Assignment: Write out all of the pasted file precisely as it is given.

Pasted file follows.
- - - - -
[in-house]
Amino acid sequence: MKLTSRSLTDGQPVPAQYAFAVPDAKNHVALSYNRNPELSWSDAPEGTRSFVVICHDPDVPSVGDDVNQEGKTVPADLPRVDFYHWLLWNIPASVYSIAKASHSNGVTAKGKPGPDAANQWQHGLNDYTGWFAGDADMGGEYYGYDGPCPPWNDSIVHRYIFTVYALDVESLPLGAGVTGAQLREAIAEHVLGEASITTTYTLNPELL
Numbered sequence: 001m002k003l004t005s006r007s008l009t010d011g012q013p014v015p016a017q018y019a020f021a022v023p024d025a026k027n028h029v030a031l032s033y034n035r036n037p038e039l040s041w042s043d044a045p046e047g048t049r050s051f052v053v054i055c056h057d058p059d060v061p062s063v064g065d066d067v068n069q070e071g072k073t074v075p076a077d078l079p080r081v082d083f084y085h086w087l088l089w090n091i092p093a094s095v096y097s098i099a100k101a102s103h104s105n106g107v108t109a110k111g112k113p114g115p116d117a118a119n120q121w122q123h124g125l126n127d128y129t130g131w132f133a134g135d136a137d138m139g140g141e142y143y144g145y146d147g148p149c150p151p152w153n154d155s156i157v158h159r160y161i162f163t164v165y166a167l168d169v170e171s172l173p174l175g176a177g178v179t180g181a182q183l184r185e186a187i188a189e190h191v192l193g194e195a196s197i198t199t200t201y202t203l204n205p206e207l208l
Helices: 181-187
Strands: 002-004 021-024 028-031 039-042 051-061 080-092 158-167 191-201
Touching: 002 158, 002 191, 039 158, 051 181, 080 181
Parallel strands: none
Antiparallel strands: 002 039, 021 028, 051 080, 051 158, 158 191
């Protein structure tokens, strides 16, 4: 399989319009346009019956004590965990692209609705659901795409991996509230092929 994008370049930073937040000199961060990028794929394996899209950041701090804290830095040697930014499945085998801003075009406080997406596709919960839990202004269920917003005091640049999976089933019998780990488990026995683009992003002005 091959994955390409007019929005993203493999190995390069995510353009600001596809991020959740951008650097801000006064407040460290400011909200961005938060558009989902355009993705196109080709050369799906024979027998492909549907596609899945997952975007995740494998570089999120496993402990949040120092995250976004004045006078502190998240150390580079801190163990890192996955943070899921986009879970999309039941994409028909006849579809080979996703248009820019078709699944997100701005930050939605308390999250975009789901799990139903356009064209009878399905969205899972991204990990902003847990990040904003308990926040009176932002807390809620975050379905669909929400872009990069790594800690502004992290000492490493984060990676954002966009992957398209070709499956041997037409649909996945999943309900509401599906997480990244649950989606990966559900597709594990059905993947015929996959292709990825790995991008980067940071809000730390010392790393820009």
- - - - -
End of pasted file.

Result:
[in-house]
Amino acid sequence: MKLTSRSLTDGQPVPAQYAFAVPDAKNHVALSYNRNPELSWSDAPEGTRSFVVICHDPDVPSVGDDVNQEGKTVPADLPRVDFYHWLLWNIPASVYSIAKASHSNGVTAKGKPGPDAANQWQHGLNDYTGWFAGDADMGGEYYGYDGPCPPWNDSIVHRYIFTVYALDVESLPLGAGVTGAQLREAIAEHVLGEASITTTYTLNPELL
Numbered sequence: 001m002k003l004t005s006r007s008l009t010d011g012q013p014v015p016a017q018y019a020f021a022v023p024d025a026k027n028h029v030a031l032s033y034n035r036n037p038e039l040s041w042s043d044a045p046e047g048t049r050s051f052v053v054i055c056h057d058p059d060v061p062s063v064g065d066d067v068n069q070e071g072k073t074v075p076a077d078l079p080r081v082d083f084y085h086w087l088l089w090n091i092p093a094s095v096y097s098i099a100k101a102s103h104s105n106g107v108t109a110k111g112k113p114g115p116d117a118a119n120q121w122q123h124g125l126n127d128y129t130g131w132f133a134g135d136a137d138m139g140g141e142y143y144g145y146d147g148p149c150p151p152w153n154d155s156i157v158h159r160y161i162f163t164v165y166a167l168d169v170e171s172l173p174l175g176a177g178v179t180g181a182q183l184r185e186a187i188a189e190h191v192l193g194e195a196s197i198t199t200t201y202t203l204n205p206e207l208l
Helices: 181-187
Strands: 002-004 021-024 028-031 039-042 051-061 080-092 158-167 191-201
Touching: 002 158, 002 191, 039 158, 051 181, 080 181
Parallel strands: none
Antiparallel strands: 002 039, 021 028, 051 080, 051 158, 158 191
């Protein structure tokens, strides 16, 4: 399989319009346009019956004590965990692209609705659901795409991996509230092929 994008370049930073937040000199961060990028794929394996899209950041701090804290830095040697930014499945085998801003075009406080997406596709919960839990202004269920917003005091640049999976089933019998780990488990026995683009992003002005 091959994955390409007019929005993203493999190995390069995510353009600001596809991020959740951008650097801000006064407040460290400011909200961005938060558009989902355009993705196109080709050369799906024979027998492909549907596609899945997952975007995740494998570089999120496993402990949040120092995250976004004045006078502190998240150390580079801190163990890192996955943070899921986009879970999309039941994409028909006849579809080979996703248009820019078709699944997100701005930050939605308390999250975009789901799990139903356009064209009878399905969205899972991204990990902003847990990040904003308990926040009176932002807390809620975050379905669909929400872009990069790594800690502004992290000492490493984060990676954002966009992957398209070709499956041997037409649909996945999943309900509401599906997480990244649950989606990966559900597709594990059905993947015929996959292709990825790995991008980067940071809000730390010392790393820009």